Like most types of pain, signs of chronic pain from osteoarthritis can be difficult for owners to identify. 1 out of every 4 adult dogs, and 4 out of 5 senior dogs have osteoarthritis. It is important for owner’s to be aware of the signs of arthritis as these signs are often associated with pain.

Chronic pain is pain that lasts more than a few weeks (sometimes months or years!) or is associated with a chronic health condition such as arthritis. In order for treatment for arthritis to start in a timely manner to reduce pain, an owner must first recognize the signs of arthritis pain.

What are common signs of arthritis pain?

Common signs of pain in dogs with osteoarthritis include:

1. Limping after exercise

Exercise is very important for dogs, including those with arthritis. It helps maintain flexibility and muscle strength and is good for our dogs’ emotional wellbeing. However, exercise can also flare-up arthritis pain. We may notice that after walks of a certain time or distance or a walk that was loner or more challenging than normal, that our dog starts to limp. This is not normal and should make an owner consider that their dog may be in pain.

2. Slow to get up

Dogs with arthritis can often have difficulty getting up from a lying or sitting position. This can be due to pain and/or weakness. You may notice your dog trying to pull themselves up with their front legs to get into a standing position. Often pain and a reduction in activity levels can lead to weakness. A cycle starts – we do less with our dogs because they seem to be struggling, they get worse, and then we do even less.

3. Warming out of symptoms

Owners will often describe this as “warming out of” their symptoms and moving better once they’ve been up for a bit. Osteoarthritis often comes with inflammation and inflammation has the opportunity to settle into a joint once it has been still for a while, like with a nap or overnight sleep. A dog can often look stiff initially, and then will warm out of that stiffness after a few minutes, or even longer, depending on the severity of the arthritis.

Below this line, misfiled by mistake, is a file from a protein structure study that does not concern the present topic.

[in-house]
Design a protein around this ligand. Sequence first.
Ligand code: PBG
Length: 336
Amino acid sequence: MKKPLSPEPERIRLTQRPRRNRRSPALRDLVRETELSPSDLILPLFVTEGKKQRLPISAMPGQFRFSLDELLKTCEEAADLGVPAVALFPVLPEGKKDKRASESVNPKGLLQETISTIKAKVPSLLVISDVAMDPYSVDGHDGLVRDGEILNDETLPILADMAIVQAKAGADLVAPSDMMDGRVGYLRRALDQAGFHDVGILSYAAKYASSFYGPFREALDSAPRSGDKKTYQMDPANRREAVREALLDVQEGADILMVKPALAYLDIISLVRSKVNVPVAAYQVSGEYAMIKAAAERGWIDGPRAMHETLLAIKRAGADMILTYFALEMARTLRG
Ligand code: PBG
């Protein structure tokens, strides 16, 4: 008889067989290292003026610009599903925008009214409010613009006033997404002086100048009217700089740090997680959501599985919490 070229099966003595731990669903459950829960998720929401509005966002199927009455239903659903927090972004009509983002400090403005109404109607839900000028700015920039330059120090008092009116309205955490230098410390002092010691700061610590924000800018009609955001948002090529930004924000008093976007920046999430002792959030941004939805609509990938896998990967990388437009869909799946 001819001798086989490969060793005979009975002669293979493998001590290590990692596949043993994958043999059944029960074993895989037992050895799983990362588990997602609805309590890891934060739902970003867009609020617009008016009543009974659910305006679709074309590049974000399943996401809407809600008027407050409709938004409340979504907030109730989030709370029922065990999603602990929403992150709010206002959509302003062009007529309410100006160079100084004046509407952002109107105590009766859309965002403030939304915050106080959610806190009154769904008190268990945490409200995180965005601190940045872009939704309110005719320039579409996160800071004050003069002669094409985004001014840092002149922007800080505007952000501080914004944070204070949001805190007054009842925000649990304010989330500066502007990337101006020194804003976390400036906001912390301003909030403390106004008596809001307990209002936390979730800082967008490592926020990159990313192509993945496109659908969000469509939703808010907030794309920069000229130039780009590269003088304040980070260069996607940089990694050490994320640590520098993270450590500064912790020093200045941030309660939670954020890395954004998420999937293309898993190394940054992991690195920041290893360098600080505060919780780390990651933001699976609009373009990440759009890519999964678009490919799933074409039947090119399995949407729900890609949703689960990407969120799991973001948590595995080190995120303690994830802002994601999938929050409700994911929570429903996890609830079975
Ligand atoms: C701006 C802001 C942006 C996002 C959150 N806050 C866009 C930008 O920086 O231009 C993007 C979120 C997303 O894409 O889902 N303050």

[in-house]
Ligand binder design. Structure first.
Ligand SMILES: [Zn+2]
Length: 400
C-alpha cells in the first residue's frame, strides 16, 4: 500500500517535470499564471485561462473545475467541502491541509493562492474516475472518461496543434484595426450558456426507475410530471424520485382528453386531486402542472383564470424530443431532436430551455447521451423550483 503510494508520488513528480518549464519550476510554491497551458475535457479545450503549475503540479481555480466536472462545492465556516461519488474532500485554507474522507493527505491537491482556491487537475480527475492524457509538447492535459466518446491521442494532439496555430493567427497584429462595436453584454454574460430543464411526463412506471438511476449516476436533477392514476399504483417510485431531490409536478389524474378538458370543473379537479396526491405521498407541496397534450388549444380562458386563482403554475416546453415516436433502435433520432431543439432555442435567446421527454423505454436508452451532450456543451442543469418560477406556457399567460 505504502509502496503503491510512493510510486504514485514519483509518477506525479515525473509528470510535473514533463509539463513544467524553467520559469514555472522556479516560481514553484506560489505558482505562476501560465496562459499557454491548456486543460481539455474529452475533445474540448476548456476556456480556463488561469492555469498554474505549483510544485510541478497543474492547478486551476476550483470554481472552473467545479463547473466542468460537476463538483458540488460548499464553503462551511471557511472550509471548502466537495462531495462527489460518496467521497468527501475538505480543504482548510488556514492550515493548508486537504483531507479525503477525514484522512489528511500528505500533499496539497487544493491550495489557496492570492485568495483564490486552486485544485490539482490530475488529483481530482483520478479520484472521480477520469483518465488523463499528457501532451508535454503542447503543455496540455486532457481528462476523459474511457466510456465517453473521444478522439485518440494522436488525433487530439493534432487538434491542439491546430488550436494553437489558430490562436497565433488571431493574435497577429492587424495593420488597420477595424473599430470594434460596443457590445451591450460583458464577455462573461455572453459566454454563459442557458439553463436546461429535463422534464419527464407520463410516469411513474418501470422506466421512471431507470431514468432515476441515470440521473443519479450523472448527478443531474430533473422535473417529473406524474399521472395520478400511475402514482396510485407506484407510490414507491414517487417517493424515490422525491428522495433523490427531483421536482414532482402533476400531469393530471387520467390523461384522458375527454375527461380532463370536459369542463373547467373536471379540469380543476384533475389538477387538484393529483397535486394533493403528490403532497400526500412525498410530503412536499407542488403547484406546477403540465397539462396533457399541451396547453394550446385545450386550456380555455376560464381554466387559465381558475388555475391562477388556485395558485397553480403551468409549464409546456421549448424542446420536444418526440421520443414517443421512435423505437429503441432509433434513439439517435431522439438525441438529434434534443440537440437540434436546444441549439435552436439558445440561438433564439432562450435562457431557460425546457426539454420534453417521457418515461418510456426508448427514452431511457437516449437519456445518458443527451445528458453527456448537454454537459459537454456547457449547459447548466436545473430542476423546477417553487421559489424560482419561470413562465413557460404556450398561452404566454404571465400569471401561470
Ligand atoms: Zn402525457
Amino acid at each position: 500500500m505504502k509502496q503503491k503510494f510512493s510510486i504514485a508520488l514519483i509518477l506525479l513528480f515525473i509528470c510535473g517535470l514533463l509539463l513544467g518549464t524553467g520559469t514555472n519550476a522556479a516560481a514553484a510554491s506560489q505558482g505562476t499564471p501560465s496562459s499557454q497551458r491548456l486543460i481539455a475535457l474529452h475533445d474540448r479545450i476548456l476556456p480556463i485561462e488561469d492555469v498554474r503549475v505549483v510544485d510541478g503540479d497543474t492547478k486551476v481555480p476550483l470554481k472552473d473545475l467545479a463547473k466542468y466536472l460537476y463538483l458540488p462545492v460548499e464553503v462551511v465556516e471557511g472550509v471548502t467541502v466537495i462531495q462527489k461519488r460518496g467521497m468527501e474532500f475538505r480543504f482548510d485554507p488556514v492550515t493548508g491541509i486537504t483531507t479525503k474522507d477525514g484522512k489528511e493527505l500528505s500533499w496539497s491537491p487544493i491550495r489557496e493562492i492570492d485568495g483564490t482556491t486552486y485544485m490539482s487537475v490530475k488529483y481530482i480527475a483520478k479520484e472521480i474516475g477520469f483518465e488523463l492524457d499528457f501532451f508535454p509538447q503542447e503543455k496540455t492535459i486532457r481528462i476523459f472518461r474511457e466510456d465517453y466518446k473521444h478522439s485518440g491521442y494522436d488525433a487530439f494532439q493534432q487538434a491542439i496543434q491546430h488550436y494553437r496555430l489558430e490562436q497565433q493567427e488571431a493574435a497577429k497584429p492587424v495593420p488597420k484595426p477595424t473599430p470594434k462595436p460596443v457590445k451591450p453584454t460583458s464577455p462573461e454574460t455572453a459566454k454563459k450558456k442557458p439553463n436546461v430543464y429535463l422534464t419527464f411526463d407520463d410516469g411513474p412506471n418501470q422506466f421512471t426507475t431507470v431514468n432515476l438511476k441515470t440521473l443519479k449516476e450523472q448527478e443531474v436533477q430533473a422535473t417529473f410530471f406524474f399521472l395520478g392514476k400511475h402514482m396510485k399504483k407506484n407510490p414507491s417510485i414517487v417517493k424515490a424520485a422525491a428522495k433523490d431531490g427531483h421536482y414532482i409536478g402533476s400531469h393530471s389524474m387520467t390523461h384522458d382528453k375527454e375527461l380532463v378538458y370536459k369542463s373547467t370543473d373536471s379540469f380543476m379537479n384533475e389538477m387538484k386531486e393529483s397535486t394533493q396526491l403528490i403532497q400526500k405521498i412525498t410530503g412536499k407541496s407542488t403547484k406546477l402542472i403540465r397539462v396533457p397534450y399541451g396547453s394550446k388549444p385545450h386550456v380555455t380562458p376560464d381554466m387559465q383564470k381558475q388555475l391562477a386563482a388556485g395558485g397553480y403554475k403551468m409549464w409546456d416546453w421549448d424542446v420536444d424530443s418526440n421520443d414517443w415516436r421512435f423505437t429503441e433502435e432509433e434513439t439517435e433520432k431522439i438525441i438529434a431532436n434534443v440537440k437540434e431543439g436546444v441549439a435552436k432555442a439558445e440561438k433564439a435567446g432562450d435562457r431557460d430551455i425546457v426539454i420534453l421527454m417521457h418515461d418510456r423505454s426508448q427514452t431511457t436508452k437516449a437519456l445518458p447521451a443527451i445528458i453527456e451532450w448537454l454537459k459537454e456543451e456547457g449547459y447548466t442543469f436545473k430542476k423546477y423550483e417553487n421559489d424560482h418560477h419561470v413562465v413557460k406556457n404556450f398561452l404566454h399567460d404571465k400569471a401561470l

4. Reluctance to exercise or jump up

Due to the pain associated with arthritis, your dog may be less willing to do the things that they used to enjoy like going for a walk or jumping up to catch a call. However, it is also important to note that just because your dog may still willingly do these activities, it does not rule out them potentially having arthritis pain if they still have other signs

5. Difficulty with stairs

Weakness and pain can make it difficult for arthritic dogs to power their body up the stairs or to stabilize themselves coming down the stairs. When a dog is going up the stairs they are putting more weight on their hind legs, loading the joints of the hip, ankle and knee and possibly increasing pain in those areas. Likewise, when coming down the stairs they are loading the joints of the wrist, elbow and shoulder, potentially increasing pain in those same areas.

6. Changes in Behaviour

Many of these were covered in a previous blog that you can find here. Changes in appetite, activity level, temperament or sleep are all signs of pain.

Don’t rule out your dog’s pain signs being arthritis if they are younger. Dogs can have signs of arthritis on x-ray as young as one year of age. So if your dog is young, they’ve got some of the signs of arthritis listed above, they could have arthritis already. Previous diagnoses of dysplasia, such as hip or elbow, luxating patella or a cruciate tear can all predispose your young dog to developing arthritis.

13 year old Maya.

13 year old Hartley.

Is your dog struggling with arthritis pain and you aren’t sure what to do next? Send us an email and get on the waitlist for our next Old Dog, New Tricks Challenge where we teach you over 5 days how to care for your dog’s arthritis without expensive trips to the vet, pain meds that turn your dog into a zombie and hours on Amazon searching for the best supplement.

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